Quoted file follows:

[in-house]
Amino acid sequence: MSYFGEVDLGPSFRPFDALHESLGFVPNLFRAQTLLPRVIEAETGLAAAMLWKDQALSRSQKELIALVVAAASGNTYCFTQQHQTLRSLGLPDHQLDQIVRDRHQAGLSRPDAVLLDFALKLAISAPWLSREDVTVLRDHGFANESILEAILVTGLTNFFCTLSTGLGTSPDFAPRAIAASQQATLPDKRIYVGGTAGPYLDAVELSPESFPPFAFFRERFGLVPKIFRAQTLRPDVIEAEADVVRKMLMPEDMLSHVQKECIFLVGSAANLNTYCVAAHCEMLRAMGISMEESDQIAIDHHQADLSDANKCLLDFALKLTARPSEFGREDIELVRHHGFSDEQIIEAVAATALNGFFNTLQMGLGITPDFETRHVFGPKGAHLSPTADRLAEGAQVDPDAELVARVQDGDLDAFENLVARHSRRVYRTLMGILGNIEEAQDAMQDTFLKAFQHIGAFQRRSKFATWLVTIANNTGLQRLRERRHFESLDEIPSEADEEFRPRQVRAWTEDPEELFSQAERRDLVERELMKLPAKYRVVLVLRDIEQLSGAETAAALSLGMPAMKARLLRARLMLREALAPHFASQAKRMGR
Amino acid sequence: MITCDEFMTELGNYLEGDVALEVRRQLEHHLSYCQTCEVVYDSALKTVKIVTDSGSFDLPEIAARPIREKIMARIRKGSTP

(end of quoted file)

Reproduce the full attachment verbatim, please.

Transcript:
[in-house]
Amino acid sequence: MSYFGEVDLGPSFRPFDALHESLGFVPNLFRAQTLLPRVIEAETGLAAAMLWKDQALSRSQKELIALVVAAASGNTYCFTQQHQTLRSLGLPDHQLDQIVRDRHQAGLSRPDAVLLDFALKLAISAPWLSREDVTVLRDHGFANESILEAILVTGLTNFFCTLSTGLGTSPDFAPRAIAASQQATLPDKRIYVGGTAGPYLDAVELSPESFPPFAFFRERFGLVPKIFRAQTLRPDVIEAEADVVRKMLMPEDMLSHVQKECIFLVGSAANLNTYCVAAHCEMLRAMGISMEESDQIAIDHHQADLSDANKCLLDFALKLTARPSEFGREDIELVRHHGFSDEQIIEAVAATALNGFFNTLQMGLGITPDFETRHVFGPKGAHLSPTADRLAEGAQVDPDAELVARVQDGDLDAFENLVARHSRRVYRTLMGILGNIEEAQDAMQDTFLKAFQHIGAFQRRSKFATWLVTIANNTGLQRLRERRHFESLDEIPSEADEEFRPRQVRAWTEDPEELFSQAERRDLVERELMKLPAKYRVVLVLRDIEQLSGAETAAALSLGMPAMKARLLRARLMLREALAPHFASQAKRMGR
Amino acid sequence: MITCDEFMTELGNYLEGDVALEVRRQLEHHLSYCQTCEVVYDSALKTVKIVTDSGSFDLPEIAARPIREKIMARIRKGSTP